Date of Award

Fall 2009

Project Type


Program or Major


Degree Name

Doctor of Philosophy

First Advisor

Todd A DeMitchell


Second language learning and development is a complex process that is situated in sociocultural settings. Classrooms provide such daily life settings in which language acquisition occurs via social interactions among peers and the instructor as well as other mediated means. The purpose of this research study was to examine the roles of peer interaction in a Chinese as a foreign language (CFL) classroom and how different types of peer interaction affect learners' second language development in a classroom setting, and what roles peer interactions played in such a setting. Based on the sociocultural theory, the study explored the opportunities for learning that occurred during peer interactive work. Data included personal history interviews, language reflection journals, audio and video recordings of CFL learners in pair or group work, and Oral Proficiency Interviews (OPIs). The participants were seven students from different cultural backgrounds in an intermediate Chinese as a foreign language classroom.

Findings indicated that peer interactions played an important role in the Chinese classroom. Mutual assistance in various forms provided various learning opportunities, in which not only the more capable peers assisted less capable peers, but also the reverse situation occurred in different tasks. The study also revealed the changeable nature of peer roles in their interactive routines, in which learners' perspectives and orientation could be changed during peer collaboration process, sometimes dispite of the learners' original goals. However, although task design may affect the degree of a learner's participation, both motivated and less motivated learners benefited from the participation of peer learning activities in which an unmotivated learner might feel impelled to engage in a shared activity.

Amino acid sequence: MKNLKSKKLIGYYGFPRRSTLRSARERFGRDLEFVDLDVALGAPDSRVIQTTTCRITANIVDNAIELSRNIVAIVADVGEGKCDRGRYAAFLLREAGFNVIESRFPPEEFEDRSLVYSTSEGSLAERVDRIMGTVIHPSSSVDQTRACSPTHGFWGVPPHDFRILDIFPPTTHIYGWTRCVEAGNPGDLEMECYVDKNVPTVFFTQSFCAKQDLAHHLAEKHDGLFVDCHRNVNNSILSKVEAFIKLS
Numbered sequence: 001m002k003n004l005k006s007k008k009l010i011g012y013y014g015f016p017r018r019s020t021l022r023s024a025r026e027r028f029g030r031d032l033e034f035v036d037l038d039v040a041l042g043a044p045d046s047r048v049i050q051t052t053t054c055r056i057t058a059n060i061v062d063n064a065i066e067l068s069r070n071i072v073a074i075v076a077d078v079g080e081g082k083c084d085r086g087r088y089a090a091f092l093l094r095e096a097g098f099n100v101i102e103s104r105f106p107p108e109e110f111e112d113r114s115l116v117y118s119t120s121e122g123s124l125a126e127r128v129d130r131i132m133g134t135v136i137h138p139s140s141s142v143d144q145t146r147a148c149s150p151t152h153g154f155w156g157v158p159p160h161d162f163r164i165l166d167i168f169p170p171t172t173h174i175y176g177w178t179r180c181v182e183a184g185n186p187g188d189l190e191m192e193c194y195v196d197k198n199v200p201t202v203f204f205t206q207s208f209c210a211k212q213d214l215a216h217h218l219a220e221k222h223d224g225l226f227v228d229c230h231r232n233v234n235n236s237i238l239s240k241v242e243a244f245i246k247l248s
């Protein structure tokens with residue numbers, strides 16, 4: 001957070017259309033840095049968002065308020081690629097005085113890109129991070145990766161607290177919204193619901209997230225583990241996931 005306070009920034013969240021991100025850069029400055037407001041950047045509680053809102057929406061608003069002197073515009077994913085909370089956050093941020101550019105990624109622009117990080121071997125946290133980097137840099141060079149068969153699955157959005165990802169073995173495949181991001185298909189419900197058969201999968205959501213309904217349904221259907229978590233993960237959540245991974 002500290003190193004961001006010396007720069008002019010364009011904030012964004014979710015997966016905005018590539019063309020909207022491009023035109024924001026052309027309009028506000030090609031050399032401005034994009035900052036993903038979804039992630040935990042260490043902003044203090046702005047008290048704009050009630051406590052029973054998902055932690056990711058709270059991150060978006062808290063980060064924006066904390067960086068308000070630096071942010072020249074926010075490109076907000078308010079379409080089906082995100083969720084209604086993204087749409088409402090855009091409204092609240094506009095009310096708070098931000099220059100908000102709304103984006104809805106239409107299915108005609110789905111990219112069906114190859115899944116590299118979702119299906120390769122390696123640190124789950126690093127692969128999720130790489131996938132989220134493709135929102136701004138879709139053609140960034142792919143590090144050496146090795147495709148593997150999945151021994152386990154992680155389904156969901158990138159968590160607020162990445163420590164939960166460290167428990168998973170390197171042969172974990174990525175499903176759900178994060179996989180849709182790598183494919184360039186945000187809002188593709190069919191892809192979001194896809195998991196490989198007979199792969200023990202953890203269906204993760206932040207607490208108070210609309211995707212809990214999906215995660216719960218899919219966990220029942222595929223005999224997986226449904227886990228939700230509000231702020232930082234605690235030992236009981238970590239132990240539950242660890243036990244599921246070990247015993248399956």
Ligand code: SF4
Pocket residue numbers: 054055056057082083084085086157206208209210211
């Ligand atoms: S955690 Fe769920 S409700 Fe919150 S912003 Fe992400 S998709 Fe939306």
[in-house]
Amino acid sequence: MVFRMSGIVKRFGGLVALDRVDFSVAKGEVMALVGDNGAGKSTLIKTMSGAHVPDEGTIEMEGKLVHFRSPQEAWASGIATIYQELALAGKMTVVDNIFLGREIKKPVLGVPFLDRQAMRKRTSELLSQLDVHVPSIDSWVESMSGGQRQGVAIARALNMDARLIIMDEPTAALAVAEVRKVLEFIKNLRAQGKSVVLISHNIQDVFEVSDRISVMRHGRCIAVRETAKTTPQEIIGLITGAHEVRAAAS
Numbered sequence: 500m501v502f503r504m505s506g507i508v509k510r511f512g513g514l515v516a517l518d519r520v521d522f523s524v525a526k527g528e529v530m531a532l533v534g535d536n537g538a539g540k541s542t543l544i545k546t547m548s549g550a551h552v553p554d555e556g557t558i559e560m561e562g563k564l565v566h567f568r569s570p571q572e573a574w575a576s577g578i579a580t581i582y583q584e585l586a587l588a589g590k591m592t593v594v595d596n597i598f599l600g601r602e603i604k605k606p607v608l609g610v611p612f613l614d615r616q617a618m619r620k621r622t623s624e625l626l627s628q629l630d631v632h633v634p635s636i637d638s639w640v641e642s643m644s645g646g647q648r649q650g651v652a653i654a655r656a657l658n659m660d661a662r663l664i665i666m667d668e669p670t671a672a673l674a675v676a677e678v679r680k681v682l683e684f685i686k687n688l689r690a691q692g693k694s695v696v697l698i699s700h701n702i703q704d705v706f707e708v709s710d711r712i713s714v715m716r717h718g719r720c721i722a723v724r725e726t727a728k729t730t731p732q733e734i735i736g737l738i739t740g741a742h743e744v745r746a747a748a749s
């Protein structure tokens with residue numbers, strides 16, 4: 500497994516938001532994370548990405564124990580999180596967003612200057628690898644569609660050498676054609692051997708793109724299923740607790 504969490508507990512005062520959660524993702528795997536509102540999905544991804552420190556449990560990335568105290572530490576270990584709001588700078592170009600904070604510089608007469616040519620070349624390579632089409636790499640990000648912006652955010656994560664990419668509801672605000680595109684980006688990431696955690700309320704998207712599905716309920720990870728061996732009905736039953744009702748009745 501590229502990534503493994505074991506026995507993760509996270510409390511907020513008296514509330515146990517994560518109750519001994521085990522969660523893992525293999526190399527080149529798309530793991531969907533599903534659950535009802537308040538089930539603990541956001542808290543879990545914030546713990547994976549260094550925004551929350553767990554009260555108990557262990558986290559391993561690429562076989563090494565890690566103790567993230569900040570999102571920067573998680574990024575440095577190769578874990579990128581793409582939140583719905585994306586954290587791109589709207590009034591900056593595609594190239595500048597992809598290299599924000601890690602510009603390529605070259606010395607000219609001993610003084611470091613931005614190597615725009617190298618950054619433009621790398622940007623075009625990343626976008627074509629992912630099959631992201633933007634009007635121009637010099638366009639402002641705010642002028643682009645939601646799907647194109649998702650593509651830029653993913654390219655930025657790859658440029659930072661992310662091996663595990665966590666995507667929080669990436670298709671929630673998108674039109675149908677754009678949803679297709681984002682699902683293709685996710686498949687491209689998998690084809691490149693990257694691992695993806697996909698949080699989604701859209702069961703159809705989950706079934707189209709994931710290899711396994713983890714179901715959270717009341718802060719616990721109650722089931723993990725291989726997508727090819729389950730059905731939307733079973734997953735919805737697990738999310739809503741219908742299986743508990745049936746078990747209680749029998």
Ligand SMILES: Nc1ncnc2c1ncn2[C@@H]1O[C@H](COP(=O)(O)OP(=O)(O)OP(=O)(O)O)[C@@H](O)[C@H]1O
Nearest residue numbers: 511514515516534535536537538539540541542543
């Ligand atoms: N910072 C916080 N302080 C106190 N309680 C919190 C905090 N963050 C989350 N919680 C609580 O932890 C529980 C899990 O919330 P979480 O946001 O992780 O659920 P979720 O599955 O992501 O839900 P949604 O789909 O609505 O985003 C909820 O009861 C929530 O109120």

The findings of this study support the sociocultural view of SLA and point to the benefits of assisted performance in L2 peer interaction. These findings also help broaden the understanding of the role peer interaction plays in a second/foreign language classroom. In addition, the results have both theoretical implications as well as practical implications in second language learning and instruction in the classroom.